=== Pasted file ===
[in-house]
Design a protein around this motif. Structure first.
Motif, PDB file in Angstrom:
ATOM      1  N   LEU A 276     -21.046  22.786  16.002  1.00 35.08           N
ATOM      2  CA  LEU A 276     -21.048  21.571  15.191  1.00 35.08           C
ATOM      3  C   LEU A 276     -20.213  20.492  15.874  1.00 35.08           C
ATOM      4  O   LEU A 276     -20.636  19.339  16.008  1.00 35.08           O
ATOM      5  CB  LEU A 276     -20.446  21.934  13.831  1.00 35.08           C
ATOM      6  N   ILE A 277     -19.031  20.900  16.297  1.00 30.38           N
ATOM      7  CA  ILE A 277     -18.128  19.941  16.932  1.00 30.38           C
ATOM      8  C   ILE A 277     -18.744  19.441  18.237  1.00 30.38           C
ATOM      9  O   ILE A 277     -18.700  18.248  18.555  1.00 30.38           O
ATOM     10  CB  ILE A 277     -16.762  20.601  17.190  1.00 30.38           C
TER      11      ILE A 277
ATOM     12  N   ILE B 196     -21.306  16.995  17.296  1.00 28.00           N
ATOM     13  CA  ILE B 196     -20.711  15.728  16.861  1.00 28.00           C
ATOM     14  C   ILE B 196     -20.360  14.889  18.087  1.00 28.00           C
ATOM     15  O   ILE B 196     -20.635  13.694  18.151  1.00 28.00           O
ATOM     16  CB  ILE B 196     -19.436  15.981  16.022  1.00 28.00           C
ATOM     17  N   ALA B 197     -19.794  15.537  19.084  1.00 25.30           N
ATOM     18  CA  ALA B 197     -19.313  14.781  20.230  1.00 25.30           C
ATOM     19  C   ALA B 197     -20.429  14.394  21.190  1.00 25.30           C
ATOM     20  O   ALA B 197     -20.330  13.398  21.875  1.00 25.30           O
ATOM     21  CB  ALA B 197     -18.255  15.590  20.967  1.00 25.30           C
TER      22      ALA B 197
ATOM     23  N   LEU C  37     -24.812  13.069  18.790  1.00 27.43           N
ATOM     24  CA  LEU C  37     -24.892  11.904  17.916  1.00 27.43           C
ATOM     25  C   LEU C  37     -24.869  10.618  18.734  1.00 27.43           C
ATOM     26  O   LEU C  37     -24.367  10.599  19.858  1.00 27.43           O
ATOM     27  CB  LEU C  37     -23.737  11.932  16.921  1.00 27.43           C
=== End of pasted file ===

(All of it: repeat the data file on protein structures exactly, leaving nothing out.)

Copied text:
[in-house]
Design a protein around this motif. Structure first.
Motif, PDB file in Angstrom:
ATOM      1  N   LEU A 276     -21.046  22.786  16.002  1.00 35.08           N
ATOM      2  CA  LEU A 276     -21.048  21.571  15.191  1.00 35.08           C
ATOM      3  C   LEU A 276     -20.213  20.492  15.874  1.00 35.08           C
ATOM      4  O   LEU A 276     -20.636  19.339  16.008  1.00 35.08           O
ATOM      5  CB  LEU A 276     -20.446  21.934  13.831  1.00 35.08           C
ATOM      6  N   ILE A 277     -19.031  20.900  16.297  1.00 30.38           N
ATOM      7  CA  ILE A 277     -18.128  19.941  16.932  1.00 30.38           C
ATOM      8  C   ILE A 277     -18.744  19.441  18.237  1.00 30.38           C
ATOM      9  O   ILE A 277     -18.700  18.248  18.555  1.00 30.38           O
ATOM     10  CB  ILE A 277     -16.762  20.601  17.190  1.00 30.38           C
TER      11      ILE A 277
ATOM     12  N   ILE B 196     -21.306  16.995  17.296  1.00 28.00           N
ATOM     13  CA  ILE B 196     -20.711  15.728  16.861  1.00 28.00           C
ATOM     14  C   ILE B 196     -20.360  14.889  18.087  1.00 28.00           C
ATOM     15  O   ILE B 196     -20.635  13.694  18.151  1.00 28.00           O
ATOM     16  CB  ILE B 196     -19.436  15.981  16.022  1.00 28.00           C
ATOM     17  N   ALA B 197     -19.794  15.537  19.084  1.00 25.30           N
ATOM     18  CA  ALA B 197     -19.313  14.781  20.230  1.00 25.30           C
ATOM     19  C   ALA B 197     -20.429  14.394  21.190  1.00 25.30           C
ATOM     20  O   ALA B 197     -20.330  13.398  21.875  1.00 25.30           O
ATOM     21  CB  ALA B 197     -18.255  15.590  20.967  1.00 25.30           C
TER      22      ALA B 197
ATOM     23  N   LEU C  37     -24.812  13.069  18.790  1.00 27.43           N
ATOM     24  CA  LEU C  37     -24.892  11.904  17.916  1.00 27.43           C
ATOM     25  C   LEU C  37     -24.869  10.618  18.734  1.00 27.43           C
ATOM     26  O   LEU C  37     -24.367  10.599  19.858  1.00 27.43           O
ATOM     27  CB  LEU C  37     -23.737  11.932  16.921  1.00 27.43           C